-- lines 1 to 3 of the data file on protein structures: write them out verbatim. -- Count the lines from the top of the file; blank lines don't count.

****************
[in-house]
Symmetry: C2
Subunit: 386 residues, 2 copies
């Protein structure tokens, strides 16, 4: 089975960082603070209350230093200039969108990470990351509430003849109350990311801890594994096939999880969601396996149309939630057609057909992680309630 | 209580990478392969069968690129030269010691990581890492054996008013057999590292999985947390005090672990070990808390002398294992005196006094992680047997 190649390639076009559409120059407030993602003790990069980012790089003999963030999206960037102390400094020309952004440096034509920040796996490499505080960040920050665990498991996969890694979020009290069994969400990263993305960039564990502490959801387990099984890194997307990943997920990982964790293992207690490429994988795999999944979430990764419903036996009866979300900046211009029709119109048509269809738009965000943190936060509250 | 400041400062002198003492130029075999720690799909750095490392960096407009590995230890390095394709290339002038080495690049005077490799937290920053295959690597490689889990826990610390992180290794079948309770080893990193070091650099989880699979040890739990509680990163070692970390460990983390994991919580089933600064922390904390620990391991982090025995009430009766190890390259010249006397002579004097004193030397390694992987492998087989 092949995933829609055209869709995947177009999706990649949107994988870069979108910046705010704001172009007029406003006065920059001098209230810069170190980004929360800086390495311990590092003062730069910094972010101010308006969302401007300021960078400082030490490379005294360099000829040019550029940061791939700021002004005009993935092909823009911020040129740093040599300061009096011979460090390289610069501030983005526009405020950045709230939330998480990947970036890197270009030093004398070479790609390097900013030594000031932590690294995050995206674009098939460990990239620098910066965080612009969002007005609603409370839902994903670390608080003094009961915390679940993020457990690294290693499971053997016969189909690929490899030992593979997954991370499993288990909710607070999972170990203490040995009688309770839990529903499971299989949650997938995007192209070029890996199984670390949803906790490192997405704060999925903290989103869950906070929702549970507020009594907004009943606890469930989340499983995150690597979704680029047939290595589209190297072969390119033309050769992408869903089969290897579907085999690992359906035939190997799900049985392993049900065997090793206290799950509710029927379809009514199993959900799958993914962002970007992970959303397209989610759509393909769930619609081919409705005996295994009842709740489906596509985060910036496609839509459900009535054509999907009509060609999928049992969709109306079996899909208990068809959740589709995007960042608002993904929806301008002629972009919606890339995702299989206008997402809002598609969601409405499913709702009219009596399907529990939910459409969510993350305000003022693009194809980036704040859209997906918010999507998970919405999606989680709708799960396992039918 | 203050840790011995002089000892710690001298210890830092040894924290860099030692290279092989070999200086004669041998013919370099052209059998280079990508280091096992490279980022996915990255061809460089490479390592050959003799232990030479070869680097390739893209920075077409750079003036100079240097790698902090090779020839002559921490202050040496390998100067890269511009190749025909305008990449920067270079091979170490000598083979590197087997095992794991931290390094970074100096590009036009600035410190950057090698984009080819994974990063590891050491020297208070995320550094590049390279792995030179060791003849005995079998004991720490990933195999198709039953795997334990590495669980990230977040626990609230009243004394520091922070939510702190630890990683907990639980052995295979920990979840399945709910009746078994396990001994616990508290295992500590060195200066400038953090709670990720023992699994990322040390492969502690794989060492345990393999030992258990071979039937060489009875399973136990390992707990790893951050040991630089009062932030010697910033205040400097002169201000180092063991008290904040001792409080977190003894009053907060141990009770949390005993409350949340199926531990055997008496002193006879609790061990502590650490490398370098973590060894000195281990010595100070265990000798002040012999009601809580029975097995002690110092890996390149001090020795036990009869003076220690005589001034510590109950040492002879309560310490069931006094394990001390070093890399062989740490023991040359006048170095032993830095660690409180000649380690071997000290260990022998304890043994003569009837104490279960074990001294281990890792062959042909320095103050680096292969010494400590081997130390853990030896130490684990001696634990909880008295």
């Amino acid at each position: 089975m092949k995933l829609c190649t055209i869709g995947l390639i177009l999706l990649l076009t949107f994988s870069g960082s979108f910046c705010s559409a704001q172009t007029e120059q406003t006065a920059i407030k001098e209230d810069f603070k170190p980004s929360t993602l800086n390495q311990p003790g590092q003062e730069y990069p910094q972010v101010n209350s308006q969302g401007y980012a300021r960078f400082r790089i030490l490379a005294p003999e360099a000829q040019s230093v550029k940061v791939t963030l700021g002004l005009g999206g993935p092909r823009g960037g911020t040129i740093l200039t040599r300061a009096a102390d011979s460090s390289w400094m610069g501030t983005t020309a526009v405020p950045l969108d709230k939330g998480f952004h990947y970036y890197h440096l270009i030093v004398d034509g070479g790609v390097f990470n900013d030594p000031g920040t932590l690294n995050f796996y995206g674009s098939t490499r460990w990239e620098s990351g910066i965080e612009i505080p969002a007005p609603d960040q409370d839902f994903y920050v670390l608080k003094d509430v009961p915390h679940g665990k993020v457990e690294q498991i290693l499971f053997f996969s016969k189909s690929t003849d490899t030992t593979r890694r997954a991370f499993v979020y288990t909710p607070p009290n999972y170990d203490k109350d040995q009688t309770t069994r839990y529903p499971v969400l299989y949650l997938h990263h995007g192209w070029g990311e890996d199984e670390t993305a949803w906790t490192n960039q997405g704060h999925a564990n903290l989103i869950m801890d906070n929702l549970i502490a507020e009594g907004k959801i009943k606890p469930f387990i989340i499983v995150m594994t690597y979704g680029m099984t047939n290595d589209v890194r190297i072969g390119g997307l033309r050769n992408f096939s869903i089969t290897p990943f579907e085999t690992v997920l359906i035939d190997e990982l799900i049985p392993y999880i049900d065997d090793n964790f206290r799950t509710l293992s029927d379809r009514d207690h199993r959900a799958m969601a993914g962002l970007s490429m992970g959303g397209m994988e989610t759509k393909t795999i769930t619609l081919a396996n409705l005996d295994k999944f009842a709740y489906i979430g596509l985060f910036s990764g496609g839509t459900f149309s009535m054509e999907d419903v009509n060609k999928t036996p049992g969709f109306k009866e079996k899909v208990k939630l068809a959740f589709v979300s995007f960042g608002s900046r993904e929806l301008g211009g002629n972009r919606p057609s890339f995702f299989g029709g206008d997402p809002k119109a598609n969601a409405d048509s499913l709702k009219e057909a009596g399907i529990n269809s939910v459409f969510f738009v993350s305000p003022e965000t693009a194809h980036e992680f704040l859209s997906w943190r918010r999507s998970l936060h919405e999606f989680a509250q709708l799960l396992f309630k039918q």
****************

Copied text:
[in-house]
Symmetry: C2
Subunit: 386 residues, 2 copies